This is what our Saturday's have sounded like for the past two months.  And we try to offer comprehensive answers or explanations each and every time.  I love to tell people about our heirloom varieties, how by growing them we are fighting against the collapse of agricultural biodiversity and continuing and adding to an important tale of cultural heritage, and how by purchasing these varieties they are joining in this continuum as well.  I enjoy explaining the ways to prepare kale and I appreciate it even more when we get customers returning week after week for their new favorite green or vegetable.

I will talk food and farming all day with anyone who cares to chat it up.  If they decide to buy something that's great.  If not, who cares.  We will bring it home and eat it or freeze it.  We do this because it is important to us.  For us it is the most enriching, self-gratifying work we can imagine and we are passionate about it.

As Horace Greeley wrote, farming is, "that vocation which conduces most directly and palpably to a reverence for Honesty and Truth."  We deal with both, directly each day.  We are at natures every whim.  Last week a customer asked me if the holes in the swiss chard were bad, to which I answered, "no, you just shared your chard with a few slugs."  And today it finally rained.  Too late for our lettuce which pretty much all bolted in the recent stretch of heat, but nice timing for our tomatoes, which are finally ripening.  Yet, we persevere - because we have to.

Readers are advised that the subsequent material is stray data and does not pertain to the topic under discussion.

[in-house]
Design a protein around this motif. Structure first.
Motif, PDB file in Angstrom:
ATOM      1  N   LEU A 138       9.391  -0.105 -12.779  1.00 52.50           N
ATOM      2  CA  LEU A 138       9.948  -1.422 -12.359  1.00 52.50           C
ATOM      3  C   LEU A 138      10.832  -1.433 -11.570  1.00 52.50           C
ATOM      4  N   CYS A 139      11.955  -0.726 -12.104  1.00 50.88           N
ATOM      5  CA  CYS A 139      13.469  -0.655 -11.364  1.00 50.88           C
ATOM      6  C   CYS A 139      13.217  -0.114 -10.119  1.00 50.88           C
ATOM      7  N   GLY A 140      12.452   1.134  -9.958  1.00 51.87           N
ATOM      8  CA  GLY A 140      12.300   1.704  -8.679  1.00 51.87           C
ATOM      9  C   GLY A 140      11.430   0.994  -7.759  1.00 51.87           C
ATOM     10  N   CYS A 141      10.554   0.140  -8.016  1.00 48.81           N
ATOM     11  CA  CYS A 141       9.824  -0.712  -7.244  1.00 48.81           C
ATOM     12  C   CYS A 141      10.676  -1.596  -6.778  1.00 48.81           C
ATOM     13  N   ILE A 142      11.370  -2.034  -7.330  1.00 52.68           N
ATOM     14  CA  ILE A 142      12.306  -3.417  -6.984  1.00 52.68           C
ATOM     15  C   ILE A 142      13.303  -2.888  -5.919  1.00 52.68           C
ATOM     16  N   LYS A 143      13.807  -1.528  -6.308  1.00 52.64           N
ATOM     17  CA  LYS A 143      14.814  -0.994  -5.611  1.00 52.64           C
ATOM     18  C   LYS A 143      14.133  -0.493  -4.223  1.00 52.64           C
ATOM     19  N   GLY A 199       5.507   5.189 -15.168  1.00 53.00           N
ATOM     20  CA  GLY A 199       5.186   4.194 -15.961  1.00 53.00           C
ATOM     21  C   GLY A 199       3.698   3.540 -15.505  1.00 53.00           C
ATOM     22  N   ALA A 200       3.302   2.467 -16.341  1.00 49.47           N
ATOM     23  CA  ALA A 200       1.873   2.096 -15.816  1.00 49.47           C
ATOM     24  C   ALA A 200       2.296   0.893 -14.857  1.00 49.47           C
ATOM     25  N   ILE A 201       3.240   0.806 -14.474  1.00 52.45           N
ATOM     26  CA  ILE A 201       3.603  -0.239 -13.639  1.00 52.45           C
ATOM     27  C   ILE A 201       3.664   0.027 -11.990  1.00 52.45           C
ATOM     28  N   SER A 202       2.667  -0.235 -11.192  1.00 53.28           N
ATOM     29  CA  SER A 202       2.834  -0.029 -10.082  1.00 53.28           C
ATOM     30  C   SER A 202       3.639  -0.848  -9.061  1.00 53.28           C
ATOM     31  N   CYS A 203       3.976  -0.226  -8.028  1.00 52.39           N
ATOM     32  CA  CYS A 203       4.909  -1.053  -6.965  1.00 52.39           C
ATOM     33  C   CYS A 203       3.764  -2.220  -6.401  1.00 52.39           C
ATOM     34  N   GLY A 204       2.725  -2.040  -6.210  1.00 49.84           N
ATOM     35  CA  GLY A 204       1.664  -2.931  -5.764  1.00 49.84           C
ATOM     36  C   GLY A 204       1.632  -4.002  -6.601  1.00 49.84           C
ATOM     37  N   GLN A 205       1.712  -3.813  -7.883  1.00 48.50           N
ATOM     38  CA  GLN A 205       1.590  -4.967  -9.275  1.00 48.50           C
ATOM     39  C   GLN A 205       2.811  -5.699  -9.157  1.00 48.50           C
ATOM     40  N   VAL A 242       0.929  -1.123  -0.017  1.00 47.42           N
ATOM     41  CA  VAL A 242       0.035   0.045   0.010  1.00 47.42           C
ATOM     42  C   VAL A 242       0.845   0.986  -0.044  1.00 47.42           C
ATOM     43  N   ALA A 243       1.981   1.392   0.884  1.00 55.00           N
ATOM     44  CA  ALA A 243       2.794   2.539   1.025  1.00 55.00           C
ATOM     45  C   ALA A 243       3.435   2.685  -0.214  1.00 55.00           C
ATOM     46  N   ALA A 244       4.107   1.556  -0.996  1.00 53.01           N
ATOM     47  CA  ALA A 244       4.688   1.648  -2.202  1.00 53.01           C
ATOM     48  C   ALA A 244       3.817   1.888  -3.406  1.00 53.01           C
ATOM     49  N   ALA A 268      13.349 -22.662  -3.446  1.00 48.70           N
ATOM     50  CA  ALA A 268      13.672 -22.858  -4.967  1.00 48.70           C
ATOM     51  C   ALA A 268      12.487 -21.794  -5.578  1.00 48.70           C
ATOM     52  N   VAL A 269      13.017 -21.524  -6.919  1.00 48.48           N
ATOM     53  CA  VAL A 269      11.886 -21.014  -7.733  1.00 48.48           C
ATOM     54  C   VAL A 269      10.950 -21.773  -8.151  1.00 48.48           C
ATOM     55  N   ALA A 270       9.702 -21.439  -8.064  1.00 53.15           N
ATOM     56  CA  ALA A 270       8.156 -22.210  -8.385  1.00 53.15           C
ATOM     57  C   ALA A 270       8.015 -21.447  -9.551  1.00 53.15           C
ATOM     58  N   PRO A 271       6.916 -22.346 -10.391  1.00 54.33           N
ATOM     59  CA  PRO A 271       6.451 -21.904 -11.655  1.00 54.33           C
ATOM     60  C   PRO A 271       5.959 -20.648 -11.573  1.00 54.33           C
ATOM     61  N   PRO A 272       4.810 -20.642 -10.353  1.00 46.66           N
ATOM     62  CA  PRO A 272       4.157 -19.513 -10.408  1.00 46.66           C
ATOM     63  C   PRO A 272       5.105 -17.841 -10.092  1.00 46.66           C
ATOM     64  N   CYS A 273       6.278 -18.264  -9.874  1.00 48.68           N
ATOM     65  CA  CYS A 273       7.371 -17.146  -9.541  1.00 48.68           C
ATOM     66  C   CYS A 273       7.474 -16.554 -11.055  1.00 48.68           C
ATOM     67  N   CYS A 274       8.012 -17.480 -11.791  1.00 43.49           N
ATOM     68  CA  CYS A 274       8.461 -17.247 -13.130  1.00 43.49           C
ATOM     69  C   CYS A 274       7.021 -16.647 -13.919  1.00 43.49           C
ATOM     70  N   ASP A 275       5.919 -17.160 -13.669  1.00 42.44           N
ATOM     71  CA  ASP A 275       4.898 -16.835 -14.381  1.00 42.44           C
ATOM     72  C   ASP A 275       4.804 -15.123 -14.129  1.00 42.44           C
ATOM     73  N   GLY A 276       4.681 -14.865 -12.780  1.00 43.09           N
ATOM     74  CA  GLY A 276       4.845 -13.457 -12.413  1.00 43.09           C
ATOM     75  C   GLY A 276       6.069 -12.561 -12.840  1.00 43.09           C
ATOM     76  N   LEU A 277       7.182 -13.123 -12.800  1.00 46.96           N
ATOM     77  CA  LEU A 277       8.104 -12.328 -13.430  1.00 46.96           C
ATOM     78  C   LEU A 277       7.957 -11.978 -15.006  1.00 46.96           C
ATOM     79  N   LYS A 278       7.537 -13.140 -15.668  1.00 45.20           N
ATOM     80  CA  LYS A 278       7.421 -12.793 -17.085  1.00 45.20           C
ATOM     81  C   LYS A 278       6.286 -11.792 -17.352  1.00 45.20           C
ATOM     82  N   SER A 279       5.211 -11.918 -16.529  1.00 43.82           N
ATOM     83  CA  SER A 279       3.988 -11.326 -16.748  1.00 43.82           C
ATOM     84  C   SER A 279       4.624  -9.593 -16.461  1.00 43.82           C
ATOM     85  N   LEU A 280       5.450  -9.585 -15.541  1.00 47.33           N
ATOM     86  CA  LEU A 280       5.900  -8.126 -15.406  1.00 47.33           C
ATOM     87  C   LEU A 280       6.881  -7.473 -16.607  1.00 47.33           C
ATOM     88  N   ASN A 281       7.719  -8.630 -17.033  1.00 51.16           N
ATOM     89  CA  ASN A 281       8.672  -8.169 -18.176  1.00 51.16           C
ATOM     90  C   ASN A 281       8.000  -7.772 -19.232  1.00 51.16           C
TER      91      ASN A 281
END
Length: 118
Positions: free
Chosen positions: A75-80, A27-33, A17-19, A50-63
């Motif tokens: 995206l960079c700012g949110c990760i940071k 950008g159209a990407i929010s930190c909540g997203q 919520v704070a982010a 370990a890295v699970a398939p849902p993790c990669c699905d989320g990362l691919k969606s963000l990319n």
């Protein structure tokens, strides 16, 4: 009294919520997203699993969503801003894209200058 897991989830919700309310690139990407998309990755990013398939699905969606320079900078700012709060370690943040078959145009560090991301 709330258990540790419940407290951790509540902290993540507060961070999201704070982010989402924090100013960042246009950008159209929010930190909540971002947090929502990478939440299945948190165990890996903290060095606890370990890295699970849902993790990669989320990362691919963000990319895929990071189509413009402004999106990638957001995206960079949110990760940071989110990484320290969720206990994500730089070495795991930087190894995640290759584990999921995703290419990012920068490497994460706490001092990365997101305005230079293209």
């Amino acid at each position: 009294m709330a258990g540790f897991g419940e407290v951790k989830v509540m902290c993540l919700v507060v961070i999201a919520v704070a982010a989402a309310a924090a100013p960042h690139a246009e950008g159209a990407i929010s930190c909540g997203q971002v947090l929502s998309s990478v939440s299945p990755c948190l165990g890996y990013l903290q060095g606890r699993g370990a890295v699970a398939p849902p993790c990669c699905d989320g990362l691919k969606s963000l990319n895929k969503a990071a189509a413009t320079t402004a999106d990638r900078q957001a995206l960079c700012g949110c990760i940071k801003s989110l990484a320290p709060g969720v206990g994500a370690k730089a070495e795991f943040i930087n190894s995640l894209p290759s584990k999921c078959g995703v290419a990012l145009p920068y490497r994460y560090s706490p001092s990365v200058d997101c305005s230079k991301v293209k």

We are earning a little extra money and learning more and more about food each day - growing it, selling it, and cooking it.  I know we are happiest when we are engaged in the community of food and eating it and we've never been more immersed.  Lately we have been pretty damn happy.


Monday, June 20, 2011

Wedding Catering

This past weekend I had the pleasure of doing the desserts for a friend's wedding.  Held at the Frog Pond in Skaneateles, on the most perfect day of the season it was probably the most beautiful wedding I've had the privilege of attending.  The bride's 'do-it-yourself' aesthetic was executed superbly, like a hip-picnic colliding with Martha Stewart and a burlap sack.  Here's the desserts.

Monday, May 16, 2011